"On February 5, 2016, the California Public Utilities Commission (CPUC) issued its “Decision Adopting Successor to Net Energy Metering Tariff,” which preserves retail net metering in the service territories of California’s investor owned utilities (IOUs) and implements significant changes regarding eligible generation facility size, customer fees and rate structures."

How Targeted Demand Management Can Reduce the Need for New Investments in Transmission and Distribution Infrastructure

Comverge, Inc., 2016. 
http://www.comverge.com/comverge/media/pdf/Position%20Papers/Targeted-Demand-Management-Position-Paper.pdf

"Traditionally deployed across an electric utility’s entire service territory, demand response has most often been leveraged as a cost-effective substitute for peaking generation to ensure reliability when system demand is highest. Today, it is playing an expanded role in keeping rates low and lights on. Many utilities are beginning to look at geographically targeted demand response deployments as cost-effective alternatives to transmission and distribution infrastructure upgrades for local reliability. ...The model is called 'targeted demand management,' and it’s forging ahead in states such as New York and California."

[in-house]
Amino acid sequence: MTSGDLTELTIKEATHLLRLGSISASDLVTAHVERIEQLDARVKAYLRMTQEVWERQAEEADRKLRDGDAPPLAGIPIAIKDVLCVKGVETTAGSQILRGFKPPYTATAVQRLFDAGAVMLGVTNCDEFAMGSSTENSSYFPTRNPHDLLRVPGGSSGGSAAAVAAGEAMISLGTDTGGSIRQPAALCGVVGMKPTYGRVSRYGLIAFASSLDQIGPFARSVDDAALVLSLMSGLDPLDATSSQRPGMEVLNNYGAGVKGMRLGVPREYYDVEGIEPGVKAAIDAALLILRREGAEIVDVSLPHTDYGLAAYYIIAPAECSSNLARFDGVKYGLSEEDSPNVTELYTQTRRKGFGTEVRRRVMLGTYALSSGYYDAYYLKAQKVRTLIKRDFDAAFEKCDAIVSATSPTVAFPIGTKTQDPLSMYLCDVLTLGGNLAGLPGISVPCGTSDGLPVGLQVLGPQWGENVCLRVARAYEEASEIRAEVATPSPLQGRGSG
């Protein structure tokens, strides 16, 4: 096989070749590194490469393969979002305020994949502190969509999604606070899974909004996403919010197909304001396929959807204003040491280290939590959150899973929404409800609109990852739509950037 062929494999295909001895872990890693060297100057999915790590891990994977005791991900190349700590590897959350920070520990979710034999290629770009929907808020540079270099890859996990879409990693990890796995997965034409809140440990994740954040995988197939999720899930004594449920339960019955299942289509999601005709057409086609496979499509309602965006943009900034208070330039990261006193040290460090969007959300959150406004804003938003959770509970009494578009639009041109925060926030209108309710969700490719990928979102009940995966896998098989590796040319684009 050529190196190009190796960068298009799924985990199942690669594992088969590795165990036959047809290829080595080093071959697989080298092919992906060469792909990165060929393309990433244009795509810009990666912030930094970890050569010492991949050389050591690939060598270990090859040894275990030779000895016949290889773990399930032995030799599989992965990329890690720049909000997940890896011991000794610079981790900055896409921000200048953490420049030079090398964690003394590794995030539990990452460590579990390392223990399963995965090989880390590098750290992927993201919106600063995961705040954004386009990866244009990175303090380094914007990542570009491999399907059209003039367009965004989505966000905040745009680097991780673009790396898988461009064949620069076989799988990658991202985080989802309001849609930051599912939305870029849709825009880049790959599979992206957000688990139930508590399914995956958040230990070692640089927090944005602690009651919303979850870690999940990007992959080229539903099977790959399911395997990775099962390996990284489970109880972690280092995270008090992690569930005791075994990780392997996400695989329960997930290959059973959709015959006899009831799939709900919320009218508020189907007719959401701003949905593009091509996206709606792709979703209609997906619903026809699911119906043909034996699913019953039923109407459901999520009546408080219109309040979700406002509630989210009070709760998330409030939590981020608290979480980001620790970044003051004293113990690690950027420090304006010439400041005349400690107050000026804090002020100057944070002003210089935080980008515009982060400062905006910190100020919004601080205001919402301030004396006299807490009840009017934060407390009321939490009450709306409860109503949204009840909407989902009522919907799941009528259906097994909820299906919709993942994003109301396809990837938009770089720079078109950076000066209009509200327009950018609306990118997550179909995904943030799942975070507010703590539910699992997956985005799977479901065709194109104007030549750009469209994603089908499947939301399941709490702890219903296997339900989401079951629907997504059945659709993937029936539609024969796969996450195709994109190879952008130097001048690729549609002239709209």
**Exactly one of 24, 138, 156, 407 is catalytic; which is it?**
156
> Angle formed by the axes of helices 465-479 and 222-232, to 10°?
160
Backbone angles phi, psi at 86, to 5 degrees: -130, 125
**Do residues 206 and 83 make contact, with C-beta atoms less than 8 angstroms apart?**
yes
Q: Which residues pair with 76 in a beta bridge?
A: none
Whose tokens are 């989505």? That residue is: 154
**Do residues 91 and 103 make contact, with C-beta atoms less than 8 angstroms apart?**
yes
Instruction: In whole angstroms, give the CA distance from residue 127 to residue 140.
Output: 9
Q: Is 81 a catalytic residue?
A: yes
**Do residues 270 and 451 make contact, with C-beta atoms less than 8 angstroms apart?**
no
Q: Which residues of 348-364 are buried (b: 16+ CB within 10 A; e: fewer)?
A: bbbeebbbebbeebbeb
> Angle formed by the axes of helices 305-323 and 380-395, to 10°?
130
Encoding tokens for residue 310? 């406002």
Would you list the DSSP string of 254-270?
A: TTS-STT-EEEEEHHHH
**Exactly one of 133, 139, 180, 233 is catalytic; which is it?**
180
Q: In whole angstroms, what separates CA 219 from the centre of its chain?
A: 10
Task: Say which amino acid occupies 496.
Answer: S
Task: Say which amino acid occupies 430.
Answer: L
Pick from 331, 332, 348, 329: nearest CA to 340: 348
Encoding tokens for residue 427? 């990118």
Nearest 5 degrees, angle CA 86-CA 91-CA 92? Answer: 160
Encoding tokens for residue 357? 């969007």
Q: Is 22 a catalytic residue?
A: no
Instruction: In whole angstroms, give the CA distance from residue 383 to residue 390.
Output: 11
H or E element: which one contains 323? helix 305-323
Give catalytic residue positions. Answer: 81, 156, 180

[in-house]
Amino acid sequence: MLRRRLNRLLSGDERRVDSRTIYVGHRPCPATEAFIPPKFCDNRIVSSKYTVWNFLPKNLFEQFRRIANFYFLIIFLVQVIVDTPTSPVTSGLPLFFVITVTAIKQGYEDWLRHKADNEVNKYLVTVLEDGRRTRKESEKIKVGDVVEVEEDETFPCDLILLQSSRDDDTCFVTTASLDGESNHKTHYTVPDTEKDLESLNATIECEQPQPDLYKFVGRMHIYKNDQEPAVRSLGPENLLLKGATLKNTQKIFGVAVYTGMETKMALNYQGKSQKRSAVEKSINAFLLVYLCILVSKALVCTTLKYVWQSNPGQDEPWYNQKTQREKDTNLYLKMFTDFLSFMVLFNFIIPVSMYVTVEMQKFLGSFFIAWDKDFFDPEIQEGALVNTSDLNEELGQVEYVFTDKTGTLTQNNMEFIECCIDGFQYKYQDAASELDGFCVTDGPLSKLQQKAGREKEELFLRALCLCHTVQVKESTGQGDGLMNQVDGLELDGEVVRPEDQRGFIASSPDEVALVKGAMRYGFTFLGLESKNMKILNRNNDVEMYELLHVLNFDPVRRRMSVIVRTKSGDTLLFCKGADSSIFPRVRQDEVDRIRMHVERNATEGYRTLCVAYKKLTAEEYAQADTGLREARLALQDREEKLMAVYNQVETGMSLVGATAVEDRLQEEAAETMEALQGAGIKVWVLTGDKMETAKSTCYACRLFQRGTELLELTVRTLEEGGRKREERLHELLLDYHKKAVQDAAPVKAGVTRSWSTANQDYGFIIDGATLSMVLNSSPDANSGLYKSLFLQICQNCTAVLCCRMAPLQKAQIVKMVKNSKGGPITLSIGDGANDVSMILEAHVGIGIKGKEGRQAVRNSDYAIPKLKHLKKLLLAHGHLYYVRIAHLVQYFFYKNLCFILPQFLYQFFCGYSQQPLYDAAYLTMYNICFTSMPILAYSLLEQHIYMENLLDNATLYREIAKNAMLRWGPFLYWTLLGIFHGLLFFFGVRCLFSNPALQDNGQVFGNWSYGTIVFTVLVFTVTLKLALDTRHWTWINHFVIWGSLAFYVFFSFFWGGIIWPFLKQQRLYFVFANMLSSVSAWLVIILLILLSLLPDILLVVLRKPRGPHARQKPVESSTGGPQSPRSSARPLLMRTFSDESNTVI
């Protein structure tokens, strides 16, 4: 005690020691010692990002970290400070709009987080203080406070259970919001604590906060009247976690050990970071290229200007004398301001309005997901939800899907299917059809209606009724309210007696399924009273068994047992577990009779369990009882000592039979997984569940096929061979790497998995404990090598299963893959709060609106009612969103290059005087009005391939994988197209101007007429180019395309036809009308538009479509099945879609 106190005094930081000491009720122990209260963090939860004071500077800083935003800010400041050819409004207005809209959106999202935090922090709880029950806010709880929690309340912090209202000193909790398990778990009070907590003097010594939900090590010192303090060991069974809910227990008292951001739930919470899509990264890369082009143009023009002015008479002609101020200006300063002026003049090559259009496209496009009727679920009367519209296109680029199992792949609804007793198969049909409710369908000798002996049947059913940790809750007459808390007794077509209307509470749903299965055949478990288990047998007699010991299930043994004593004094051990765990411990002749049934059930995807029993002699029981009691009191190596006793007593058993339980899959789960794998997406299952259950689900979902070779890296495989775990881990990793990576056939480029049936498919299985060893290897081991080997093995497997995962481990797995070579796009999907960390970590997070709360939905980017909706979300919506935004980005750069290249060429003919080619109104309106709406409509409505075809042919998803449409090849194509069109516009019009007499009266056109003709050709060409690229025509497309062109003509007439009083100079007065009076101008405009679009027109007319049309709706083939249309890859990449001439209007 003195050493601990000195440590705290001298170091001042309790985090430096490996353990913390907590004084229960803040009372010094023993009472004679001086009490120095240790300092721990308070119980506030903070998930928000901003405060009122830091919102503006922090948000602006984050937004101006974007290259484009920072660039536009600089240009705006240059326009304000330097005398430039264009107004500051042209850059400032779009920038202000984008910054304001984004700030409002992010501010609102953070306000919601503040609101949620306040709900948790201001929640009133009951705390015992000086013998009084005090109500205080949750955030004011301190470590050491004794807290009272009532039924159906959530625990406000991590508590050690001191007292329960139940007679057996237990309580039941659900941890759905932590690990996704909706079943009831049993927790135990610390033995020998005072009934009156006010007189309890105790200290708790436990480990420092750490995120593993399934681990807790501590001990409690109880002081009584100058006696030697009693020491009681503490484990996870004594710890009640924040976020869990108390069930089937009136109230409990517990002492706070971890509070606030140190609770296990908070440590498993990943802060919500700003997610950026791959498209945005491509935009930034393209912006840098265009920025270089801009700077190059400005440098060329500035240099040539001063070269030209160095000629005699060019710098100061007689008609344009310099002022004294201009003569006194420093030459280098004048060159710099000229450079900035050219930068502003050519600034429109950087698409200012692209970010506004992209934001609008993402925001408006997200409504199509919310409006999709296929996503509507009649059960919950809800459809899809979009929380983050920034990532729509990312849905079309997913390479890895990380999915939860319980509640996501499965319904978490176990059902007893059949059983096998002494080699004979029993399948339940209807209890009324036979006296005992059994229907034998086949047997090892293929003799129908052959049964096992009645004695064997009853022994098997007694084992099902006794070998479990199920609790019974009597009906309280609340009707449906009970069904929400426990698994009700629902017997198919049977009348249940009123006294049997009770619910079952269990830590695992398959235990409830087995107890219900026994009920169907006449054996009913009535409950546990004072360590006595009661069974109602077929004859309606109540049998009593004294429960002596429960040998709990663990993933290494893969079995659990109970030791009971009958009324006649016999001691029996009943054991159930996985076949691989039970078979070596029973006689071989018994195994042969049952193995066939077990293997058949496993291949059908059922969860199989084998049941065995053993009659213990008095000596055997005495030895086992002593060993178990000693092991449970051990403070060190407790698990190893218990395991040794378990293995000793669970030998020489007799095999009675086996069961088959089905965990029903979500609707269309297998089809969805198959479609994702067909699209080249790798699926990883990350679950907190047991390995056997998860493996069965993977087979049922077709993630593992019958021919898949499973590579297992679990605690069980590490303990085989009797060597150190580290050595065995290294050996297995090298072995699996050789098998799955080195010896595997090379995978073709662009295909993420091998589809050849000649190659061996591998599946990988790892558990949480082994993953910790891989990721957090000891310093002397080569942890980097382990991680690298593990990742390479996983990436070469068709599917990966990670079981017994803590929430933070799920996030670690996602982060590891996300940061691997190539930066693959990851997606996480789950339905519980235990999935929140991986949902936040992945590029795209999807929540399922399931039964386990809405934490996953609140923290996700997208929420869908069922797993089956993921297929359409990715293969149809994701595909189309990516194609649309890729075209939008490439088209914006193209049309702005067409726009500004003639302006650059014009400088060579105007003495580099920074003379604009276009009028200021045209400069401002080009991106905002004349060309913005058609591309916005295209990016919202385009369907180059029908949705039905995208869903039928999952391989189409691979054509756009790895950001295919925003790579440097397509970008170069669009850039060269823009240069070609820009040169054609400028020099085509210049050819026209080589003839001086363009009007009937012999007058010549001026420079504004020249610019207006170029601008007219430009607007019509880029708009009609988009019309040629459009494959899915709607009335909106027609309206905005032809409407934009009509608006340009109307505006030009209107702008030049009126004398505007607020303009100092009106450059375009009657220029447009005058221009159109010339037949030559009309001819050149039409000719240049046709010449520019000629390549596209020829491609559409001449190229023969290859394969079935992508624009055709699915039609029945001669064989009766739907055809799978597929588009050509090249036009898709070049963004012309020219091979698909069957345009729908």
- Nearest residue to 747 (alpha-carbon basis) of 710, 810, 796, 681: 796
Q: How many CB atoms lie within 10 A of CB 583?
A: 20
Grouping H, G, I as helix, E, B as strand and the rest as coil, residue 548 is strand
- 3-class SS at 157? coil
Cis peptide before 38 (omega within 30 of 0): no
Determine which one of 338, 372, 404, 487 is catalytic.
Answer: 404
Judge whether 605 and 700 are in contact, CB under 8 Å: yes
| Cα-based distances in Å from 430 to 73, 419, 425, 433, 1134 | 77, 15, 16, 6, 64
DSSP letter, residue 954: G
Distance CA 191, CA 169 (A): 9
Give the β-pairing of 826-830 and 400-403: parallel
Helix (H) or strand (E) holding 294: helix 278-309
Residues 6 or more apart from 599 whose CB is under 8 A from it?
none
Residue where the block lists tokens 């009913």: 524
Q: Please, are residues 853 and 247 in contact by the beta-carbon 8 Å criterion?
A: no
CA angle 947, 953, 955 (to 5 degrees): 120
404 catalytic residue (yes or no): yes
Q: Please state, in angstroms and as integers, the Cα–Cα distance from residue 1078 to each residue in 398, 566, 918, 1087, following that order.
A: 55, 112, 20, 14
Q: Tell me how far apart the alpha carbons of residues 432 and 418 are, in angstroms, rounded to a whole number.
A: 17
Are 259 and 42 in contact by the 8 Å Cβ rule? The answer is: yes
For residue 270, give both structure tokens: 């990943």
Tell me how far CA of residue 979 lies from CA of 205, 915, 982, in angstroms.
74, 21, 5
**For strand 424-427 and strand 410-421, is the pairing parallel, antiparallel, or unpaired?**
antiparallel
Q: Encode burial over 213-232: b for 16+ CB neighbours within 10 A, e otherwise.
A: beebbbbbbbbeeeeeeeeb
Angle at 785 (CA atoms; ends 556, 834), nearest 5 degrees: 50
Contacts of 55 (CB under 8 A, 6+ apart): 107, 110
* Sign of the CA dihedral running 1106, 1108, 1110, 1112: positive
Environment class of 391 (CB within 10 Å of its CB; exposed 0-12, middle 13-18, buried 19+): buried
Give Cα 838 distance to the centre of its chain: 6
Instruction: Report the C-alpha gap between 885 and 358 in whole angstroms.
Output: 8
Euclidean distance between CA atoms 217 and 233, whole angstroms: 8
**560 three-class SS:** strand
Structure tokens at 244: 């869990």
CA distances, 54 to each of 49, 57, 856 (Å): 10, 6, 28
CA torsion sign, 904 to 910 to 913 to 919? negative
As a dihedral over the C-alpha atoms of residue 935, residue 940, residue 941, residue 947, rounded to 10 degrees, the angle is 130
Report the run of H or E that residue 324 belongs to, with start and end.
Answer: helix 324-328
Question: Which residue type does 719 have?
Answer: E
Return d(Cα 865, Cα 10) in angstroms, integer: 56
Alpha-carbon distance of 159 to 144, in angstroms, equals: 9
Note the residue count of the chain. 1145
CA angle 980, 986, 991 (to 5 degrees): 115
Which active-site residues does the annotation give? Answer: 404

How Are Distributed Energy Resources Affecting Transmission System Operators?

Power Magazine, May 2016, by Aaron Larson.
http://www.powermag.com/distributed-energy-resources-affecting-transmission-system-operators/

"Distributed energy resources (DERs) may be a competitive concern for traditional electric generators, but for independent system operators, DERs offer both benefits and challenges. Here’s what POWER learned about how system operators are responding to DERs."